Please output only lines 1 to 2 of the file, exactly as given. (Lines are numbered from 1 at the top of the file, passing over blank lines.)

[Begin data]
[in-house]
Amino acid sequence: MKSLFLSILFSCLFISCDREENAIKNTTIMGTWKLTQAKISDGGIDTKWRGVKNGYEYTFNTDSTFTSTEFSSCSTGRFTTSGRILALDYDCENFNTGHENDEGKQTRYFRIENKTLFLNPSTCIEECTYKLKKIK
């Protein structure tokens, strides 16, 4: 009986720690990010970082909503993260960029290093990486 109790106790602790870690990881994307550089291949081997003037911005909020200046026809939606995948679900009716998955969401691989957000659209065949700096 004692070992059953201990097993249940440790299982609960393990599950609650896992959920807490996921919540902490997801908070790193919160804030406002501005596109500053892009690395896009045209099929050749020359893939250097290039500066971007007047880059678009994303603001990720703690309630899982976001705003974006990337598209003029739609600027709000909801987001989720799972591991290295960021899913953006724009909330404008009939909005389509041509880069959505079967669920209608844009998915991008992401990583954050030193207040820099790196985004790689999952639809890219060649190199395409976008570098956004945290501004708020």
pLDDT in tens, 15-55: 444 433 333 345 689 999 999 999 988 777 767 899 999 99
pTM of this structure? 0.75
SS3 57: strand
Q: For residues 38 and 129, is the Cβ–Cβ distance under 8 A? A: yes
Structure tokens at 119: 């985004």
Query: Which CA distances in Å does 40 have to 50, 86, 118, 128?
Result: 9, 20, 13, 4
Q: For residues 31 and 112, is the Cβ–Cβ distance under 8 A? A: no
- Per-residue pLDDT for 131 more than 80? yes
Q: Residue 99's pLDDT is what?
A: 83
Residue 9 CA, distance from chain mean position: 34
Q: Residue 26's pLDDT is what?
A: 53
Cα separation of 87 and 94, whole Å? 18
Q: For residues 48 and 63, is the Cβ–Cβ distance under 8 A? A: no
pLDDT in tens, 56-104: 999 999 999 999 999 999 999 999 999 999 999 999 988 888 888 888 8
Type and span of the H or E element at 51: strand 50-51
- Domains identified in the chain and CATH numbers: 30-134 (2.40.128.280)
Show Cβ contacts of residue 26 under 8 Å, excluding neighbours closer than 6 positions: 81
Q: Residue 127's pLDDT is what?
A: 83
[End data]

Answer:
[in-house]
Amino acid sequence: MKSLFLSILFSCLFISCDREENAIKNTTIMGTWKLTQAKISDGGIDTKWRGVKNGYEYTFNTDSTFTSTEFSSCSTGRFTTSGRILALDYDCENFNTGHENDEGKQTRYFRIENKTLFLNPSTCIEECTYKLKKIK